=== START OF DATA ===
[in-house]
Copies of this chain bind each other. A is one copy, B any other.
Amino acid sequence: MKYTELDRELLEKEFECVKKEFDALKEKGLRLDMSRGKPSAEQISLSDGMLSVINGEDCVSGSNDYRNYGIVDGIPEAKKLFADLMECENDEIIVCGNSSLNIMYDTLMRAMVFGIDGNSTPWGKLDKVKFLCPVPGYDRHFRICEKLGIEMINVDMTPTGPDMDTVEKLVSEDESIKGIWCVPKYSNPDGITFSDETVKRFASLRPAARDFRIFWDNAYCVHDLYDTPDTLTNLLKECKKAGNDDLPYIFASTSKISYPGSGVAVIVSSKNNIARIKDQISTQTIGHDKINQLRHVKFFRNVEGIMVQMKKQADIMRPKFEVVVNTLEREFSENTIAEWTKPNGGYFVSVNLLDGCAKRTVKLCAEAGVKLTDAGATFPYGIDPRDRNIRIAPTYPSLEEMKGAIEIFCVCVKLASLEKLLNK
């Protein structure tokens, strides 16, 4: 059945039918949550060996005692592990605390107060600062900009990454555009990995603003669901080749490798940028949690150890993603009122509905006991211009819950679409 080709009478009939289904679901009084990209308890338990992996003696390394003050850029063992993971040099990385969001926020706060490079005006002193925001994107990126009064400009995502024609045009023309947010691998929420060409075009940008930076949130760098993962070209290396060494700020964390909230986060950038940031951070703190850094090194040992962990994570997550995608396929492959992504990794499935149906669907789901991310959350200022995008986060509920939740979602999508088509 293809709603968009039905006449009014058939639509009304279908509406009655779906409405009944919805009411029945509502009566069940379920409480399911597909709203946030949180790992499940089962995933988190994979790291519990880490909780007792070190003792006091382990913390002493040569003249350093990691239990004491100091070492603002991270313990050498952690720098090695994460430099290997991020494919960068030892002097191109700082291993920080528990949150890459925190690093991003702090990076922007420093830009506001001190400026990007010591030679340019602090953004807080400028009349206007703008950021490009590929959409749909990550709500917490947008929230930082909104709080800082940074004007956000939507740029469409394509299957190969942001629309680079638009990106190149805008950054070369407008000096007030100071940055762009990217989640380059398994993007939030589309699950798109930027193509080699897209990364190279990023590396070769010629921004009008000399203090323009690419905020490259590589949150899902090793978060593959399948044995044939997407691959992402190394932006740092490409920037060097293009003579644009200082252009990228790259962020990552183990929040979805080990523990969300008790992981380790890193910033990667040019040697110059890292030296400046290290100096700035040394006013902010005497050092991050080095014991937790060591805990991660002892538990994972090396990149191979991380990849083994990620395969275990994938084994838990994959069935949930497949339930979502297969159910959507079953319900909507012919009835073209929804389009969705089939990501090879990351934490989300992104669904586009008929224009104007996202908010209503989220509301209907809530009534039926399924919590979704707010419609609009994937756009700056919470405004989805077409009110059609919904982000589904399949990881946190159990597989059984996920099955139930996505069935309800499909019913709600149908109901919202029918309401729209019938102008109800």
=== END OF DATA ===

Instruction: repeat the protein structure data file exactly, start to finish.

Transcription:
[in-house]
Copies of this chain bind each other. A is one copy, B any other.
Amino acid sequence: MKYTELDRELLEKEFECVKKEFDALKEKGLRLDMSRGKPSAEQISLSDGMLSVINGEDCVSGSNDYRNYGIVDGIPEAKKLFADLMECENDEIIVCGNSSLNIMYDTLMRAMVFGIDGNSTPWGKLDKVKFLCPVPGYDRHFRICEKLGIEMINVDMTPTGPDMDTVEKLVSEDESIKGIWCVPKYSNPDGITFSDETVKRFASLRPAARDFRIFWDNAYCVHDLYDTPDTLTNLLKECKKAGNDDLPYIFASTSKISYPGSGVAVIVSSKNNIARIKDQISTQTIGHDKINQLRHVKFFRNVEGIMVQMKKQADIMRPKFEVVVNTLEREFSENTIAEWTKPNGGYFVSVNLLDGCAKRTVKLCAEAGVKLTDAGATFPYGIDPRDRNIRIAPTYPSLEEMKGAIEIFCVCVKLASLEKLLNK
């Protein structure tokens, strides 16, 4: 059945039918949550060996005692592990605390107060600062900009990454555009990995603003669901080749490798940028949690150890993603009122509905006991211009819950679409 080709009478009939289904679901009084990209308890338990992996003696390394003050850029063992993971040099990385969001926020706060490079005006002193925001994107990126009064400009995502024609045009023309947010691998929420060409075009940008930076949130760098993962070209290396060494700020964390909230986060950038940031951070703190850094090194040992962990994570997550995608396929492959992504990794499935149906669907789901991310959350200022995008986060509920939740979602999508088509 293809709603968009039905006449009014058939639509009304279908509406009655779906409405009944919805009411029945509502009566069940379920409480399911597909709203946030949180790992499940089962995933988190994979790291519990880490909780007792070190003792006091382990913390002493040569003249350093990691239990004491100091070492603002991270313990050498952690720098090695994460430099290997991020494919960068030892002097191109700082291993920080528990949150890459925190690093991003702090990076922007420093830009506001001190400026990007010591030679340019602090953004807080400028009349206007703008950021490009590929959409749909990550709500917490947008929230930082909104709080800082940074004007956000939507740029469409394509299957190969942001629309680079638009990106190149805008950054070369407008000096007030100071940055762009990217989640380059398994993007939030589309699950798109930027193509080699897209990364190279990023590396070769010629921004009008000399203090323009690419905020490259590589949150899902090793978060593959399948044995044939997407691959992402190394932006740092490409920037060097293009003579644009200082252009990228790259962020990552183990929040979805080990523990969300008790992981380790890193910033990667040019040697110059890292030296400046290290100096700035040394006013902010005497050092991050080095014991937790060591805990991660002892538990994972090396990149191979991380990849083994990620395969275990994938084994838990994959069935949930497949339930979502297969159910959507079953319900909507012919009835073209929804389009969705089939990501090879990351934490989300992104669904586009008929224009104007996202908010209503989220509301209907809530009534039926399924919590979704707010419609609009994937756009700056919470405004989805077409009110059609919904982000589904399949990881946190159990597989059984996920099955139930996505069935309800499909019913709600149908109901919202029918309401729209019938102008109800």